control specific tasks conducted on an automated assembly line, the computer may well qualify for the exemption as it is “used directly in manufacturing . . . operations.” Similarly, certain

items not traditionally considered to be machinery or equipment may qualify as such depending on their function in the process. For example, in Cyprus Sierrita, the tax court found that three chemicals, “sulfuric acid, LIX, and Orfom 7,” qualified as

machinery or equipment. 874.

177 Ariz. at 302, 304, 867 P.2d at 872,

Although the chemicals did not fall within the commonly


held notions of machinery or equipment, the court found that they functioned as such in the processes of extracting copper from ore. Because the chemicals functioned like items

traditionally thought to be machinery or equipment, they were exempt from use tax. ¶23 Id. at 304, 867 P.2d at 874.

As these examples show, a functional approach requires

consideration of both of the exemption’s elements, as neither element standing alone may be dispositive. By embracing Duval

Sierrita and its ultimate function and integrated rule tests, the legislature expressed its intent to extend the exemption for machinery or equipment beyond the narrow confines created by Capitol I. ¶24 From this evidence, we conclude that the 1999

amendment was specifically intended to overrule Capitol I and to reinstate the Duval Sierrita tests. Thus, in analyzing whether

an item is exempt from use tax under § 42-5159(B)(1), a court should consider a number of factors to determine whether the item qualifies as “[m]achinery, or equipment, used directly in manufacturing . . . operations.” flexible and commonly used First, a court must apply of machinery and In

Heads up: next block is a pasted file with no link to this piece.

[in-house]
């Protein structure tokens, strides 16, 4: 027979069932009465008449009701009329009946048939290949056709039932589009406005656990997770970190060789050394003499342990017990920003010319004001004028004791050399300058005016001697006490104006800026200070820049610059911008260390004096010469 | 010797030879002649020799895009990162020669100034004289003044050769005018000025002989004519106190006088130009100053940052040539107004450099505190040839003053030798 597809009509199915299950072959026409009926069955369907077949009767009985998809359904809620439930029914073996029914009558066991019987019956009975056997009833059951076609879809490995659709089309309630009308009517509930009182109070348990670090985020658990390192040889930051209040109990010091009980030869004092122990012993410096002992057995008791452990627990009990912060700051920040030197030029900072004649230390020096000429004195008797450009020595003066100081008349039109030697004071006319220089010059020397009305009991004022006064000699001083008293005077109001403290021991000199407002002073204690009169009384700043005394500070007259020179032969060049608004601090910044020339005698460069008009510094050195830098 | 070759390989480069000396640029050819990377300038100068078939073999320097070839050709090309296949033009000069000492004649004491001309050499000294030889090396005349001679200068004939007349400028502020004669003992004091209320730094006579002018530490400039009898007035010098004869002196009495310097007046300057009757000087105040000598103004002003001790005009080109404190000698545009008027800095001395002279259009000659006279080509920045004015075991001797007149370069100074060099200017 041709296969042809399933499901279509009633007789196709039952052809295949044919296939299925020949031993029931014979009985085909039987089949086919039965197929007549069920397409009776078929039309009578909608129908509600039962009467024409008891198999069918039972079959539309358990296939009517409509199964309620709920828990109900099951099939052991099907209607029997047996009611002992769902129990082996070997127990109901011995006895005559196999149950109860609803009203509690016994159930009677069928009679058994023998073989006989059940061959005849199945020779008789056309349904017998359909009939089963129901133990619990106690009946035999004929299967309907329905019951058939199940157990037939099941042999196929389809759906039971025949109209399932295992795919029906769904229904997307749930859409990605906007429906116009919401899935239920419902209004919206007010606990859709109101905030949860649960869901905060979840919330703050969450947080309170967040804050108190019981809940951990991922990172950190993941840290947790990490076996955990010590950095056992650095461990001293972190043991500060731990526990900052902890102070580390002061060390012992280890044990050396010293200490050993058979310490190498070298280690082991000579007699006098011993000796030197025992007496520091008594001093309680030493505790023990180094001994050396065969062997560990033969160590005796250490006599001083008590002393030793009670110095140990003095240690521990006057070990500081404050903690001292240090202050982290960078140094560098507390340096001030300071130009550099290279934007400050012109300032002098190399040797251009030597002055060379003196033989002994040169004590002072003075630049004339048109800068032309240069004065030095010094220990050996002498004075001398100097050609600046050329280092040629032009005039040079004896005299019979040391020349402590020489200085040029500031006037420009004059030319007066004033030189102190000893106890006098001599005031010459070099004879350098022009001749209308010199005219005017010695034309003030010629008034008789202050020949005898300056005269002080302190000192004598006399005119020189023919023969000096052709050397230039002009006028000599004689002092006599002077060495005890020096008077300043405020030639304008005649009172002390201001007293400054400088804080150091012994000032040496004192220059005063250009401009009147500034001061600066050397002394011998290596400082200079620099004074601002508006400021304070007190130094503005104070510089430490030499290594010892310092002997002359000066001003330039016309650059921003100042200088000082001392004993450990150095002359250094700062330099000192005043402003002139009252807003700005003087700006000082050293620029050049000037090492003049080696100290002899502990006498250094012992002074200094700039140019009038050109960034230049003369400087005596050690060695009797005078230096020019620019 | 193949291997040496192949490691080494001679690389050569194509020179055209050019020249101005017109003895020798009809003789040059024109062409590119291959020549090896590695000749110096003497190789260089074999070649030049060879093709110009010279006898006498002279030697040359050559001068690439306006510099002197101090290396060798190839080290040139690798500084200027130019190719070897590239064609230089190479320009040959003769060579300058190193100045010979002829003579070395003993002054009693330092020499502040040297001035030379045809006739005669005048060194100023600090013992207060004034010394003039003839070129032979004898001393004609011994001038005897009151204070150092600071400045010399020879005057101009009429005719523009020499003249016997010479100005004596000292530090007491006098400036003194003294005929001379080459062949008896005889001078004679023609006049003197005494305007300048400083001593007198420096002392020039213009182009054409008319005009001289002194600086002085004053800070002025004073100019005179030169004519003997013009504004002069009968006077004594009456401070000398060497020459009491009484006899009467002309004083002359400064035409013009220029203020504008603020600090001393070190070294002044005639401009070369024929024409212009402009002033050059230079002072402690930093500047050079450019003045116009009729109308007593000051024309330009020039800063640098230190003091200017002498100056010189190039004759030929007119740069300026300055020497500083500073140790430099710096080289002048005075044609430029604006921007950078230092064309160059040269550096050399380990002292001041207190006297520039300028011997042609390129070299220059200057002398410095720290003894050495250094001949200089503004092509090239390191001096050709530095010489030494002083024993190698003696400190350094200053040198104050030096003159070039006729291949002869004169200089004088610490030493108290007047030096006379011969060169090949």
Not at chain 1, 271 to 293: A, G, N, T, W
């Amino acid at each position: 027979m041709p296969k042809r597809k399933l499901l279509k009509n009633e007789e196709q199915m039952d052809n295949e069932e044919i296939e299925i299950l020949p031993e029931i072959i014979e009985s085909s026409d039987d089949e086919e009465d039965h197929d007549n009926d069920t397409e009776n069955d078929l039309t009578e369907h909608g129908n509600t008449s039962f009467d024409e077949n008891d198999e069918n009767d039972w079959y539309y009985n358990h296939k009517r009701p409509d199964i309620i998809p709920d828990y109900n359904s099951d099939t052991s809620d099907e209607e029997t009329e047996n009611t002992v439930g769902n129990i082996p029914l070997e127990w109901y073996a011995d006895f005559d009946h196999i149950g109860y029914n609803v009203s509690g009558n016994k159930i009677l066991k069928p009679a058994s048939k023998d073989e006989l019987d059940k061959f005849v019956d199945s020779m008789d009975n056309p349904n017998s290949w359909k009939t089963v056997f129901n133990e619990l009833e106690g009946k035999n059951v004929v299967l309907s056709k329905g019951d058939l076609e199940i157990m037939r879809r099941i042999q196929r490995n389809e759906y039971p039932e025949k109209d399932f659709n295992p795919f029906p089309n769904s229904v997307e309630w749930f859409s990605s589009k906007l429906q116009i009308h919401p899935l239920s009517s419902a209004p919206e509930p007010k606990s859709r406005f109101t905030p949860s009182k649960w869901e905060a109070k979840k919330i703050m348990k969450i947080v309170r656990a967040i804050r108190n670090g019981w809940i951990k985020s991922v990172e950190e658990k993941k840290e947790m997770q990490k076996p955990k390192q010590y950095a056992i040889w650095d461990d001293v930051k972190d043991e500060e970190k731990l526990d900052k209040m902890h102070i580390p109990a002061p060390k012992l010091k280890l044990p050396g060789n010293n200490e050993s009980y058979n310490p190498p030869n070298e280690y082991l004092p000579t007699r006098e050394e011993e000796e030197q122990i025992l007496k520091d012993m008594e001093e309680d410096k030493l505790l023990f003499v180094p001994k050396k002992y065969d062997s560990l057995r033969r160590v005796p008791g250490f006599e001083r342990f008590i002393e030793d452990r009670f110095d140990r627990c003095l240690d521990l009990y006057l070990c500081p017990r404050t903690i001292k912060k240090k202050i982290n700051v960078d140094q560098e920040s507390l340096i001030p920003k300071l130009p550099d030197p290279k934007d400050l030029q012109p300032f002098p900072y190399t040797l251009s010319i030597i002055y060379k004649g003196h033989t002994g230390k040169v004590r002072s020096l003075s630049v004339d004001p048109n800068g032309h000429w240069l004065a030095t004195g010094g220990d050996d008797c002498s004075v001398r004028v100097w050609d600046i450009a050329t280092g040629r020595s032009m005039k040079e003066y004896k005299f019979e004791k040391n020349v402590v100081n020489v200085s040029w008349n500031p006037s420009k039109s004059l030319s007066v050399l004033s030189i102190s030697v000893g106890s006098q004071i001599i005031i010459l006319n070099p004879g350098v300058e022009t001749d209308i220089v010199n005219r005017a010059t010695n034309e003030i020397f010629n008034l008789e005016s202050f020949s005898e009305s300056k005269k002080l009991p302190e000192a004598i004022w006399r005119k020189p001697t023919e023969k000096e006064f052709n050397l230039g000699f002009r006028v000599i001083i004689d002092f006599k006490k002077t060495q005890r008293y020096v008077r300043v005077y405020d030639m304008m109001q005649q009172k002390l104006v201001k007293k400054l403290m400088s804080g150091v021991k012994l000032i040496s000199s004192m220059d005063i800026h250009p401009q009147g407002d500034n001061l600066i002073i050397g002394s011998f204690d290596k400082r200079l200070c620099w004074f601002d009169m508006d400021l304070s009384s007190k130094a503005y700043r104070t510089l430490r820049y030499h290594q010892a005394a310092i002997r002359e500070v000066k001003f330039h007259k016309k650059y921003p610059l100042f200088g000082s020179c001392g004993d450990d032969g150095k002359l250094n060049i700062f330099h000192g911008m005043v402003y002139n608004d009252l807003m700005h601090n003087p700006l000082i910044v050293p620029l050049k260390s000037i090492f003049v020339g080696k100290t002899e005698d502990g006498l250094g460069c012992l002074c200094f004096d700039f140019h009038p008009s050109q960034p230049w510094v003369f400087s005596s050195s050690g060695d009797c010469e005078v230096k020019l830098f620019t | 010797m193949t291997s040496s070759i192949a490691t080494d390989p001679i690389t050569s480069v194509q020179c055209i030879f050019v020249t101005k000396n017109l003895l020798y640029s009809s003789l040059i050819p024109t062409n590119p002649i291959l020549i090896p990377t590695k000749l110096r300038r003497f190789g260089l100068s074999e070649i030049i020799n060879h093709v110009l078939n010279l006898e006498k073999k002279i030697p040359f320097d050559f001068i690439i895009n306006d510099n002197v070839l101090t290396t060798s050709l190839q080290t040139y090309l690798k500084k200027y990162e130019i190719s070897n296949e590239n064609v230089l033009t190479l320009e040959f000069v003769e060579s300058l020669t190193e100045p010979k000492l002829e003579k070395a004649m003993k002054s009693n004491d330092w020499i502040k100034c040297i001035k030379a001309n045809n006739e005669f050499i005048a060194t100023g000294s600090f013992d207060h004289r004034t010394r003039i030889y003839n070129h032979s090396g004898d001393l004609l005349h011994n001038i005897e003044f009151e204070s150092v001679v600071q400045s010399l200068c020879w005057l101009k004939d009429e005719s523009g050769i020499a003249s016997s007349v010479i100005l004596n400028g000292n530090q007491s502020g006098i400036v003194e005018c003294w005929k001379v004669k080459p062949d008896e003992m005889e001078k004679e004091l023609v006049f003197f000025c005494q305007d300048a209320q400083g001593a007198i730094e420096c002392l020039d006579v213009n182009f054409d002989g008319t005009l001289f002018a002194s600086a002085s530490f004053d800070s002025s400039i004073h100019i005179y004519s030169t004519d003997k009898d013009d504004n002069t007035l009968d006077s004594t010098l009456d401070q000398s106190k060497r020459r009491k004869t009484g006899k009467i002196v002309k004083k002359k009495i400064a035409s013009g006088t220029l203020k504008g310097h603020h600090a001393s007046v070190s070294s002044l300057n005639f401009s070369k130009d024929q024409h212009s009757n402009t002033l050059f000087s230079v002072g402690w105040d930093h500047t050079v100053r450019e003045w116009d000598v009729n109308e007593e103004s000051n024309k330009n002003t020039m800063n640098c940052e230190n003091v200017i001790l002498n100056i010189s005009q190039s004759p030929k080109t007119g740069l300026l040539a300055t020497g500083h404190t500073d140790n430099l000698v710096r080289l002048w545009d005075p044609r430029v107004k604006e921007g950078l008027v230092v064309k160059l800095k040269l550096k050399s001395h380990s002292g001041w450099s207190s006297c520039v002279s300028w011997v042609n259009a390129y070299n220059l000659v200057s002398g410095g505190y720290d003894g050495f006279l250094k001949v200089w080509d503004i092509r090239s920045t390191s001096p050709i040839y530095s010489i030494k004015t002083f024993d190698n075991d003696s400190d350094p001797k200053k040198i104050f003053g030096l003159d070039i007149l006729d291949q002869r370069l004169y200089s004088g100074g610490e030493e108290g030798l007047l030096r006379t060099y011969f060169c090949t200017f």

equipment within the relevant industry.

See supra ¶ 12.

determining whether the items at issue here were machinery or equipment, the court of appeals in Capitol I relied upon the concept of “fixed assets,” which it defined as “physical


resources” such as “machinery or tools” other than land and buildings. 193 Ariz. at 94, ¶ 19, 970 P.2d at 448. The court

in Capitol II relied upon the definition set forth in Capitol I, finding no legislative intent to change it in the 1999 amendment to § 42-5159(C)(1). 205 Ariz. at 266, ¶ 32, 69 P.3d at 37. In

light of the legislature’s implicit approval of Duval Sierrita’s broader, more flexible approach, however, we find the analogy to “fixed assets” too narrow and therefore unhelpful in determining what constitutes machinery or equipment, especially in light of the legislature’s disavowal of “cost or useful life” in the expendable materials exclusion from the exemption. 42-5159(C)(1). Applying the more expansive See A.R.S. § definition of

machinery or equipment better serves the legislative goal than does applying accounting terminology used for balance sheet and income statement purposes. ¶25 Next, bearing in mind these flexible definitions, a

court should examine the nature of the item and its role in the operations. Items essential or necessary to the completion of See Duval The

the finished product are more likely to be exempt. Sierrita, prominence 116 of Ariz. an at 205-07, role 568 in P.2d at

1103-05. a




“integrated synchronized system” with the indisputably exempt items will also directly correlate with the likelihood that the


exemption applies.4 the nexus between

Id. at 205, 568 P.2d at 1103. the item at issue and the

The closer process of

converting raw materials into finished products, the more likely the item will be exempt. should consider whether As part of its analysis, the court the item physically touches the raw